For most businesses, restructurings are driven by economic and operational decisions. The impacts on their respective UK pension schemes are not normally considered as key drivers or risk factors. Indeed a key issue can be the differing focus of the corporate from both the trustees and tPR. Companies consider operations along business lines and geographies, whereas pension regulation requires rigid reliance on the legal obligations from specific statutory entities.

Furthermore, with many corporates seeking to streamline operations and consolidate activities to improve profitability, as well as to implement efficient competitive structures and financing arrangements, care must be taken to look at the position through the lens of the trustee. Any resultant deterioration in the strength of a pension scheme sponsor could carry a cost to the business, which could then end up being prohibitive to any restructuring process.

Many corporates could indeed benefit from taking covenant advice themselves, on how best to position their corporate activities. This support can also help to unravel the complexities of tPR’s “Multi-employer schemes and employer departures” guidance published in 2012, which outlines regulation that can lead to further potential restrictions on corporate restructurings.

For example, in an M&A scenario, it is often not feasible nor desirable to sell a business with its defined benefit pension liabilities attached. However, in order to transfer such liabilities to another group entity, it is normally necessary to secure trustee consent to implement a flexible apportionment arrangement (FAA). As such, any corporate restructuring which includes the consolidation or restructuring of group entities may be dependent on securing such consent.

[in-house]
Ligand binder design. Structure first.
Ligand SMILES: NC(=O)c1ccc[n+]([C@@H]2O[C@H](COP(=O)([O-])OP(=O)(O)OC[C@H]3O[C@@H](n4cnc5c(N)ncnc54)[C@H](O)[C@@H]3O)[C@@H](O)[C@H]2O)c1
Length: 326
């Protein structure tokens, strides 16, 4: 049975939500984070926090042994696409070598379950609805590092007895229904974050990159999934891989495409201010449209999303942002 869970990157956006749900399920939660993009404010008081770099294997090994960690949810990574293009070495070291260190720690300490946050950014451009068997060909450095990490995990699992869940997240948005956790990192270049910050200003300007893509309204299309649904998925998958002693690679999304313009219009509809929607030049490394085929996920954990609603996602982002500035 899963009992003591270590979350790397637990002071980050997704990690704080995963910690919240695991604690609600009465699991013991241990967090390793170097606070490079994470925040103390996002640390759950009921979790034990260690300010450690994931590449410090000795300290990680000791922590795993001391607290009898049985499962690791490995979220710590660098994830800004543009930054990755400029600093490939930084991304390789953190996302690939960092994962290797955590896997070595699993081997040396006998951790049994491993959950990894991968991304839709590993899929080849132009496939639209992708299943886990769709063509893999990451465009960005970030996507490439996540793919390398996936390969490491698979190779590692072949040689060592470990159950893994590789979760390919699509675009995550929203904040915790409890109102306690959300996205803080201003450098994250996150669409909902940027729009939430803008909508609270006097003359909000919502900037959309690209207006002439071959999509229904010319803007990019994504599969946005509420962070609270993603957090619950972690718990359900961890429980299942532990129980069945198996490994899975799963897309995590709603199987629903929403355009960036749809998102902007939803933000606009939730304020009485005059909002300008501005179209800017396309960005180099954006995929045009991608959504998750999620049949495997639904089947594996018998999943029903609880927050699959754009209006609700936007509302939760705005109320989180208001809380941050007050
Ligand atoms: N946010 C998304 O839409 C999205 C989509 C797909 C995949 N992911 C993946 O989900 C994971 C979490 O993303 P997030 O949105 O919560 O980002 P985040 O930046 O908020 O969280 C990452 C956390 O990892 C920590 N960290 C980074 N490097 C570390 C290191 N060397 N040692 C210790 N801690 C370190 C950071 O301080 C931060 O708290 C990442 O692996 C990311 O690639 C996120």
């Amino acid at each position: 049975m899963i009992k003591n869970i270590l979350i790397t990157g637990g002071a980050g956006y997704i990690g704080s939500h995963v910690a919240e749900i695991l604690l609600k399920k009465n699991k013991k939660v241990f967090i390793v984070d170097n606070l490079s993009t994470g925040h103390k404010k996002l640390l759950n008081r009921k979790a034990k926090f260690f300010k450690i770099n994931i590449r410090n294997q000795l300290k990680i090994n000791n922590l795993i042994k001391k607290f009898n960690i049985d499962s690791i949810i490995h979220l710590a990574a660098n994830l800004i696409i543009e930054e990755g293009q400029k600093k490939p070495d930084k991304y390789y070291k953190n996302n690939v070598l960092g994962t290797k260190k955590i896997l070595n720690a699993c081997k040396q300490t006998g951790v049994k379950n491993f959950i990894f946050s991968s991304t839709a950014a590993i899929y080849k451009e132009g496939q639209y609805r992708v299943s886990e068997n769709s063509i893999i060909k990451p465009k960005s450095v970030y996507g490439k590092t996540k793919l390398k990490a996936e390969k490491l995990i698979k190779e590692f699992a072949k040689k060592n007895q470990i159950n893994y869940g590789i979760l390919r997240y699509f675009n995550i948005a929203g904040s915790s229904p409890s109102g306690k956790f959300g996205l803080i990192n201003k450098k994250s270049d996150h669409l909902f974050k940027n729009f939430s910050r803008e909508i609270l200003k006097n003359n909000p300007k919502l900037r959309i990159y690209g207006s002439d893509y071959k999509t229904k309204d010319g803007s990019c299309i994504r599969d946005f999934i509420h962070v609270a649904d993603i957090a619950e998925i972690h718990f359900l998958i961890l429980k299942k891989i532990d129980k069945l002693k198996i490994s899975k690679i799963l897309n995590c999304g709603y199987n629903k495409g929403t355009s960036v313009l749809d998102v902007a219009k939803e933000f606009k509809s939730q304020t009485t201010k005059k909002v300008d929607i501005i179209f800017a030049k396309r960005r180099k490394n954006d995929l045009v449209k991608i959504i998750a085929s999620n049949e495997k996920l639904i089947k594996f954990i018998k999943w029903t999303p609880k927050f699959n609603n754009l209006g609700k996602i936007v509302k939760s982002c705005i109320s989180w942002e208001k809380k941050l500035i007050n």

Before trustees can agree to a FAA, they must be reasonably satisfied that the remaining sponsoring employers are able to meet scheme contributions when due, and also that the corporate transaction has not been detrimental to the strength of the covenant. However, it is the need to provide consent itself, which puts trustees in a position of leverage, and even in scenarios where a transaction enhances the strength of the covenant, corporates may still find trustees seeking to use the opportunity to improve the scheme’s overall position.

Last but not least, the payment of dividends and share buy-backs are coming under significant scrutiny from all stakeholders. These can be highly emotive issues for trustees, especially if they consider the scheme is not being treated equitably with other stakeholders. This is most pertinent where recovery plans stretch out over many years, and as such, payments to the scheme are materially lower than dividends. Care should be taken when declaring distributions and a review of the scheme position should also occur, to ensure current risks are fully understood. The watchword is to ‘signpost’ dividend strategy in your dealings with trustees and to be mindful of the balance required between the scheme and shareholders. If it falls out of kilter, it can begin to influence even seemingly simple restructurings by muddying the thinking on any negotiations.

In this increasingly complex regulatory minefield, with trustees empowered and tPR emboldened, the key piece of advice for corporates is that where a restructuring includes a pension scheme, think of the risks early on in the process.